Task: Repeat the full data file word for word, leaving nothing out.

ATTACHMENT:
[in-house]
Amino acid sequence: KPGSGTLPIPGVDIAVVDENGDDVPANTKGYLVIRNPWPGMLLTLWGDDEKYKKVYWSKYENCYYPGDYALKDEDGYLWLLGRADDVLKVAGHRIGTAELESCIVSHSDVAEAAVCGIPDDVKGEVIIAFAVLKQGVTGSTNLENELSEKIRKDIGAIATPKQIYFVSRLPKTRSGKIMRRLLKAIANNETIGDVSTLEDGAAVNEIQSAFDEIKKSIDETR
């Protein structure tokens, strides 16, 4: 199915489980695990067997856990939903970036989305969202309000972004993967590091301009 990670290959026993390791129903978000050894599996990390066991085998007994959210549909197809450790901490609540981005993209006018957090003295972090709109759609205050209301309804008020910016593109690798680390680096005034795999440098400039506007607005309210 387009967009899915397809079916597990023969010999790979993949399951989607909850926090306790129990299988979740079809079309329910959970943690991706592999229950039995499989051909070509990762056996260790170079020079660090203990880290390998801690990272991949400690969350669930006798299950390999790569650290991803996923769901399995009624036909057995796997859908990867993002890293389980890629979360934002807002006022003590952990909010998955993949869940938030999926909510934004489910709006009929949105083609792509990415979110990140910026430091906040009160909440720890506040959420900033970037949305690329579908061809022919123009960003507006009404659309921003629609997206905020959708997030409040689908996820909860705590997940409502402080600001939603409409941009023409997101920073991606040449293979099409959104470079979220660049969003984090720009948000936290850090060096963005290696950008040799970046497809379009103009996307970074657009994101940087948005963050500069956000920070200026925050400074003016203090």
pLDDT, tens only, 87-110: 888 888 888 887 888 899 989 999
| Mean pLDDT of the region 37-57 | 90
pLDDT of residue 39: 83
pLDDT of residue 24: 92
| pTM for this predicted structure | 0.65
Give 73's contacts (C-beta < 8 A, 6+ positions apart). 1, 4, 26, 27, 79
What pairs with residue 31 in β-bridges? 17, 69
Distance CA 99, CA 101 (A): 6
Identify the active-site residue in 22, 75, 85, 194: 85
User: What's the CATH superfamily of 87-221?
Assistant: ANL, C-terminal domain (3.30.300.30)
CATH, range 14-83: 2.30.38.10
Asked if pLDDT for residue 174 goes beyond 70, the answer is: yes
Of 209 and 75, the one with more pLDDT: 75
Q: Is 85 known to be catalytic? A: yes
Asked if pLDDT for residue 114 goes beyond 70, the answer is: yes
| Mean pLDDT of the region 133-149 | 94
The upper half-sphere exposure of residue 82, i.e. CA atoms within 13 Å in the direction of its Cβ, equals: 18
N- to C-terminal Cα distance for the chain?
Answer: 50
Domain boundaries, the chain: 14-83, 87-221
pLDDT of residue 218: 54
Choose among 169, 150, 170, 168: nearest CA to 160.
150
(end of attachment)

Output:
[in-house]
Amino acid sequence: KPGSGTLPIPGVDIAVVDENGDDVPANTKGYLVIRNPWPGMLLTLWGDDEKYKKVYWSKYENCYYPGDYALKDEDGYLWLLGRADDVLKVAGHRIGTAELESCIVSHSDVAEAAVCGIPDDVKGEVIIAFAVLKQGVTGSTNLENELSEKIRKDIGAIATPKQIYFVSRLPKTRSGKIMRRLLKAIANNETIGDVSTLEDGAAVNEIQSAFDEIKKSIDETR
């Protein structure tokens, strides 16, 4: 199915489980695990067997856990939903970036989305969202309000972004993967590091301009 990670290959026993390791129903978000050894599996990390066991085998007994959210549909197809450790901490609540981005993209006018957090003295972090709109759609205050209301309804008020910016593109690798680390680096005034795999440098400039506007607005309210 387009967009899915397809079916597990023969010999790979993949399951989607909850926090306790129990299988979740079809079309329910959970943690991706592999229950039995499989051909070509990762056996260790170079020079660090203990880290390998801690990272991949400690969350669930006798299950390999790569650290991803996923769901399995009624036909057995796997859908990867993002890293389980890629979360934002807002006022003590952990909010998955993949869940938030999926909510934004489910709006009929949105083609792509990415979110990140910026430091906040009160909440720890506040959420900033970037949305690329579908061809022919123009960003507006009404659309921003629609997206905020959708997030409040689908996820909860705590997940409502402080600001939603409409941009023409997101920073991606040449293979099409959104470079979220660049969003984090720009948000936290850090060096963005290696950008040799970046497809379009103009996307970074657009994101940087948005963050500069956000920070200026925050400074003016203090």
pLDDT, tens only, 87-110: 888 888 888 887 888 899 989 999
| Mean pLDDT of the region 37-57 | 90
pLDDT of residue 39: 83
pLDDT of residue 24: 92
| pTM for this predicted structure | 0.65
Give 73's contacts (C-beta < 8 A, 6+ positions apart). 1, 4, 26, 27, 79
What pairs with residue 31 in β-bridges? 17, 69
Distance CA 99, CA 101 (A): 6
Identify the active-site residue in 22, 75, 85, 194: 85
User: What's the CATH superfamily of 87-221?
Assistant: ANL, C-terminal domain (3.30.300.30)
CATH, range 14-83: 2.30.38.10
Asked if pLDDT for residue 174 goes beyond 70, the answer is: yes
Of 209 and 75, the one with more pLDDT: 75
Q: Is 85 known to be catalytic? A: yes
Asked if pLDDT for residue 114 goes beyond 70, the answer is: yes
| Mean pLDDT of the region 133-149 | 94
The upper half-sphere exposure of residue 82, i.e. CA atoms within 13 Å in the direction of its Cβ, equals: 18
N- to C-terminal Cα distance for the chain?
Answer: 50
Domain boundaries, the chain: 14-83, 87-221
pLDDT of residue 218: 54
Choose among 169, 150, 170, 168: nearest CA to 160.
150